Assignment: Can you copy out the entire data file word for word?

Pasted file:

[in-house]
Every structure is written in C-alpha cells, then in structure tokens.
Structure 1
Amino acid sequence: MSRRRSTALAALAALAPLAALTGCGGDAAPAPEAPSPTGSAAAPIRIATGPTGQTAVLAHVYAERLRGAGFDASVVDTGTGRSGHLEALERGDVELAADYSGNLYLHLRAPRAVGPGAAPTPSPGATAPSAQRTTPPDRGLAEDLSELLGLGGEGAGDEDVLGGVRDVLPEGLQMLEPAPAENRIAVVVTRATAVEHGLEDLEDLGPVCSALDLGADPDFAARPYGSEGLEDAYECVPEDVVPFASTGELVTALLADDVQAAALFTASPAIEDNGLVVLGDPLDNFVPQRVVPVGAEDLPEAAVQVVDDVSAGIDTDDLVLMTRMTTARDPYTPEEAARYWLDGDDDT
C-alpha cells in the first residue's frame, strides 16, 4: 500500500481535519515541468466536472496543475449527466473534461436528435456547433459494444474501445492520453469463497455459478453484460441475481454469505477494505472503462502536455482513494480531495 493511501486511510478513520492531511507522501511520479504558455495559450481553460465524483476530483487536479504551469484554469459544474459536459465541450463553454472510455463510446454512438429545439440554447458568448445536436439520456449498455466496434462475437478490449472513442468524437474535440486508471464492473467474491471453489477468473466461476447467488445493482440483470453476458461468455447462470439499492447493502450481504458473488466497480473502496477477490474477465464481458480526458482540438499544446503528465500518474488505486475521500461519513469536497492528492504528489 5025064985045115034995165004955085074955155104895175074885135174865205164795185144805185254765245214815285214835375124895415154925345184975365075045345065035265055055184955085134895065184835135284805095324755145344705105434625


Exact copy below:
[in-house]
Every structure is written in C-alpha cells, then in structure tokens.
Structure 1
Amino acid sequence: MSRRRSTALAALAALAPLAALTGCGGDAAPAPEAPSPTGSAAAPIRIATGPTGQTAVLAHVYAERLRGAGFDASVVDTGTGRSGHLEALERGDVELAADYSGNLYLHLRAPRAVGPGAAPTPSPGATAPSAQRTTPPDRGLAEDLSELLGLGGEGAGDEDVLGGVRDVLPEGLQMLEPAPAENRIAVVVTRATAVEHGLEDLEDLGPVCSALDLGADPDFAARPYGSEGLEDAYECVPEDVVPFASTGELVTALLADDVQAAALFTASPAIEDNGLVVLGDPLDNFVPQRVVPVGAEDLPEAAVQVVDDVSAGIDTDDLVLMTRMTTARDPYTPEEAARYWLDGDDDT
C-alpha cells in the first residue's frame, strides 16, 4: 500500500481535519515541468466536472496543475449527466473534461436528435456547433459494444474501445492520453469463497455459478453484460441475481454469505477494505472503462502536455482513494480531495 493511501486511510478513520492531511507522501511520479504558455495559450481553460465524483476530483487536479504551469484554469459544474459536459465541450463553454472510455463510446454512438429545439440554447458568448445536436439520456449498455466496434462475437478490449472513442468524437474535440486508471464492473467474491471453489477468473466461476447467488445493482440483470453476458461468455447462470439499492447493502450481504458473488466497480473502496477477490474477465464481458480526458482540438499544446503528465500518474488505486475521500461519513469536497492528492504528489 5025064985045115034995165004955085074955155104895175074885135174865205164795185144805185254765245214815285214835375124895415154925345184975365075045345065035265055055184955085134895065184835135284805095324755145344705105434625